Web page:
If Trump levies a 10% tariff on over $300 billion of goods on September 1st, all of Apple’s products from China would be impacted. What options does Apple have?
- Exclusions – Apple can apply for an exclusion of their goods that are covered by the proposed List 4.
- Country of origin – Apple’s major contract manufacturer, Hon Hai has additional production ability in Taiwan, India, Thailand and Vietnam and a shift to one of those countries may be possible. Samsung makes their Galaxy phones in Vietnam.
- Apple can ask their suppliers for price reductions to make up for the additional 10% duties.
Like Apple, other these options are also available to any company that manufactures in China. If you want to know what your company can do to lessen the impact of the potential duties, or want to know other ways to save money on duties – contact experienced trade attorney David Hsu at 832-896-6288 or by email at firstname.lastname@example.org, email@example.com.
As you are aware, the exclusion process for List 3 is now openuntil September. We have received a lot of exclusion requests and I thought I’d share the information the US Trade Representative (USTR) requires in order to review an exclusion request:
1. 10-digit subheading of the HTSUS applicable, use 8/10 digits (if there are different HTSUS 8 and 10 digit codes used, we will need a separate request)
2. Product name
3. Detailed description of the product: (1) physical characteristics (e.g., dimensions, weight, material composition, etc.). (2) Requestors may submit a
range of comparable goods within the product definition set out in an exclusion request. Thus, a product request may include two or more goods with
similar product characteristics or attributes. Goods with different SKUs, model numbers, or sizes are not necessarily different products.
4. The products function, application (whether the product is designed to function in or with a particular machine or other device), principal use, and any
unique physical features that distinguish it from other products within the covered 8-digit HTSUS subheading. Requestors may submit attachments that
help distinguish the product (e.g., CBP rulings, photos and specification sheets, and previous import documentation). Documents submitted to support a
Requestor’s product description must be made available for public inspection and contain no BCI. USTR will not consider requests that identify the
product using criteria that cannot be made available for public inspection.
5. Requestors must provide their relationship to the product (Importer, U.S. Producer, Purchaser, Industry Association, Other) and provide specific data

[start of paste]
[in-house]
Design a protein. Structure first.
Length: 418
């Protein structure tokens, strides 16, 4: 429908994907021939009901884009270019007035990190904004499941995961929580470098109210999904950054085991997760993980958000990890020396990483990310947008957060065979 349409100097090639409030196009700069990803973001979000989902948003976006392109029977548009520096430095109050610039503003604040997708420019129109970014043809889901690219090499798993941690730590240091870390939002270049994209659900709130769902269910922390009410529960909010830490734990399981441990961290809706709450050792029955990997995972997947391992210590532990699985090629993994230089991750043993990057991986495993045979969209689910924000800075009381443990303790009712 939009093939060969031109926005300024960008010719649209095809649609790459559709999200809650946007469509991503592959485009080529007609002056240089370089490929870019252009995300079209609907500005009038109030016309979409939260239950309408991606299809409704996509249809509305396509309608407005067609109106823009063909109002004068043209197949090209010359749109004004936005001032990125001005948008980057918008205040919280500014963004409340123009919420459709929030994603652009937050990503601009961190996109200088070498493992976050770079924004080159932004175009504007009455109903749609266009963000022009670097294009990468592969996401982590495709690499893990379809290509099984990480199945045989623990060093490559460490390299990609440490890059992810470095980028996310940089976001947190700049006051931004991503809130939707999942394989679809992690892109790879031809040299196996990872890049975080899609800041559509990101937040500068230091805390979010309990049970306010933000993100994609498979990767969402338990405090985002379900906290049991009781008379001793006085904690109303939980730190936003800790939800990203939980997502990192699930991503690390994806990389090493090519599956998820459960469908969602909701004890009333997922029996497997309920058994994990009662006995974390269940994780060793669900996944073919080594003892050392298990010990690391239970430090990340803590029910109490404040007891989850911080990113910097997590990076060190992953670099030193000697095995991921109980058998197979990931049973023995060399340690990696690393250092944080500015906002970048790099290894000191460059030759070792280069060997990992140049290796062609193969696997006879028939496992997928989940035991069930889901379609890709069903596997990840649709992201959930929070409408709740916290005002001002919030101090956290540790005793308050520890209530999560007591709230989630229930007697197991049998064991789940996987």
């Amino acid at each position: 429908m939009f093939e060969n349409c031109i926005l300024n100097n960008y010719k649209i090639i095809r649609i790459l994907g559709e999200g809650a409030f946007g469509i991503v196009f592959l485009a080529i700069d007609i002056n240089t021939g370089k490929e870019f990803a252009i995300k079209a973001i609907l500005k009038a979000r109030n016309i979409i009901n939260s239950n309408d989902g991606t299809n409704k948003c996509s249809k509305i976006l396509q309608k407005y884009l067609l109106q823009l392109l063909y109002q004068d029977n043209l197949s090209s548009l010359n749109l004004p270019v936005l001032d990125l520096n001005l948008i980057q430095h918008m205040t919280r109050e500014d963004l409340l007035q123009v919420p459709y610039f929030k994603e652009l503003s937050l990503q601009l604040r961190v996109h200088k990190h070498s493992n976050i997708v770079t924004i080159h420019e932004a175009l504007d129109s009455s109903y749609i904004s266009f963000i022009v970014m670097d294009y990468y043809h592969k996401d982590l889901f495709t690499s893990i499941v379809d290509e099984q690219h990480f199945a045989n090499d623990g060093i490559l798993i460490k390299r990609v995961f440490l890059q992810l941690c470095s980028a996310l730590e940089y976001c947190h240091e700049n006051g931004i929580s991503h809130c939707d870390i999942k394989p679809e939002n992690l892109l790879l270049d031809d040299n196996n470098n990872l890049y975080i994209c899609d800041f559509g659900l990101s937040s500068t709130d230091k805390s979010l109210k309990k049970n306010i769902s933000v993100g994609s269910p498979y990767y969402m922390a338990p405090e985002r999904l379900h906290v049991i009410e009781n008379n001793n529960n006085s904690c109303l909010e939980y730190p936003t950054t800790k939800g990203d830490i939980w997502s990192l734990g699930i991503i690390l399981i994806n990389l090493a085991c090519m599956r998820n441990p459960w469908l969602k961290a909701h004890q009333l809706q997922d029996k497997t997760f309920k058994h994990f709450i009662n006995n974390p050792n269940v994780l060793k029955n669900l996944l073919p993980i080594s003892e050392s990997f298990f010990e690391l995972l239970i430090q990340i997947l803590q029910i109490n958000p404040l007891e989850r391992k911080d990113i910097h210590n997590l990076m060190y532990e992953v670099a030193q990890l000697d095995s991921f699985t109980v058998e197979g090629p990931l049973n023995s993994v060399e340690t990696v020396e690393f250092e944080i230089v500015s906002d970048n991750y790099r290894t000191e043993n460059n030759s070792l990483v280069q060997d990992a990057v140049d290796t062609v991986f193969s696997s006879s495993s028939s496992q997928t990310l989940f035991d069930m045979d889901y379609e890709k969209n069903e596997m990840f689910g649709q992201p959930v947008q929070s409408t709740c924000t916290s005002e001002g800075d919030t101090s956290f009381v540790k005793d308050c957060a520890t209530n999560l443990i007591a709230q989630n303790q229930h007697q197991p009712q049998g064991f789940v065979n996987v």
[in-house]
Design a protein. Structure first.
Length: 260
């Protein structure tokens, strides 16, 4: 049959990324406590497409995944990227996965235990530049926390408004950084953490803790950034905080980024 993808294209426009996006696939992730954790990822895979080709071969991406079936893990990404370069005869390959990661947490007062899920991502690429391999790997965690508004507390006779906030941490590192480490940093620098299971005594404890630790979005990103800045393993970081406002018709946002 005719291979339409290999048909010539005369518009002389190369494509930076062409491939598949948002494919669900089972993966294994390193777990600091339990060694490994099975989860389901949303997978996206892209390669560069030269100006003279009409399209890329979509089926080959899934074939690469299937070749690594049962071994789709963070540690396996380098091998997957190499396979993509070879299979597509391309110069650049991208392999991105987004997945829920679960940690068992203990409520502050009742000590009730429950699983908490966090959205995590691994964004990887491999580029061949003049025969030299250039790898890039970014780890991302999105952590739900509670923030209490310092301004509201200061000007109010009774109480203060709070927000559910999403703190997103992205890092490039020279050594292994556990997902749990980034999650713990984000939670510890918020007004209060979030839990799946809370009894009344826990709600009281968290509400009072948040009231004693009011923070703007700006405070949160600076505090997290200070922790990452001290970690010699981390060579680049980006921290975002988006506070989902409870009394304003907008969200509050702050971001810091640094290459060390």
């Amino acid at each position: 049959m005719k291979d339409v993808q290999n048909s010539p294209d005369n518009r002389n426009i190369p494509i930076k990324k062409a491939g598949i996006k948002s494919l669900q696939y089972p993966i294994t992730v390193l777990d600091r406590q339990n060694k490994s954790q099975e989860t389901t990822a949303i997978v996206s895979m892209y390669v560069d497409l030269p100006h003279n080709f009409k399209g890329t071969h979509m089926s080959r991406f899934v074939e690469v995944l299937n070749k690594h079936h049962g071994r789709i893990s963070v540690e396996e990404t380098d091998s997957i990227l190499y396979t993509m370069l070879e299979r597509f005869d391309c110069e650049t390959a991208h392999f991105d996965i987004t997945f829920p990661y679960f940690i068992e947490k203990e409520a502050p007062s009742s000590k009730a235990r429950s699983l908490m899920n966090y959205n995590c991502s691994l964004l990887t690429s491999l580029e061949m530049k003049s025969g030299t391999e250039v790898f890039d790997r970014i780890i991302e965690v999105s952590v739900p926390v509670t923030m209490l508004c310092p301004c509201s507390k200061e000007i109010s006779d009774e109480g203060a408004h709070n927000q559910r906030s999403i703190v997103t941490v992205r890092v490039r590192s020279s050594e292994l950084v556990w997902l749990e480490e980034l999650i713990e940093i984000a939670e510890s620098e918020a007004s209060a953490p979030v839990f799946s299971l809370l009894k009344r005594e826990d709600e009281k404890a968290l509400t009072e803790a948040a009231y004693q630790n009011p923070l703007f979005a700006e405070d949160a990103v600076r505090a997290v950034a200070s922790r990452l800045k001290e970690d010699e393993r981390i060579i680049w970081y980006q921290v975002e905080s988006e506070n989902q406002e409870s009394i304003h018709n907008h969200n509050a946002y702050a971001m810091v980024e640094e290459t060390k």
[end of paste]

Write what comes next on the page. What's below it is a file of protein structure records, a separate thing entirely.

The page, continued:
on the annual quantity and value of the Chinese-origin product, domestic product, and third-country product the Requestor purchased, in 2017, 2018,
and the first quarter of 2019.
6. Requestors must provide information regarding their company’s gross revenues for 2018, the first quarter of 2018, and the first quarter of 2019.
7 For imports sold as final products, Requestors must provide the percentage of their total gross sales in 2018 that sales of the Chinese-origin product
8. For imports used in the production of final products, Requestors must provide the percentage of the total cost of producing the final product(s) the
Chinese-origin input accounts for and the percentage of their total gross sales in 2018 that sales of the final product(s) accounted for. Required
information regarding the Requestor’s purchases and gross sales and revenue is BCI and the information entered will not be publicly viewable.
9. Whether the particular product is available only from China and whether the particular product and/or a comparable product is available from sources
in the United States and/or in third countries. The Requestor must provide an explanation if the product is not available outside of China or the Requestor
is not sure of the product availability.
10. Whether the Requestor has attempted to source the product from the United States or third countries.
11. Whether the imposition of additional duties (since September 2018) on the particular product has or will cause severe economic harm to the
Requestor or other U.S. interests.
12. Whether the particular product is strategically important or related to “Made in China 2025” or other Chinese industrial programs.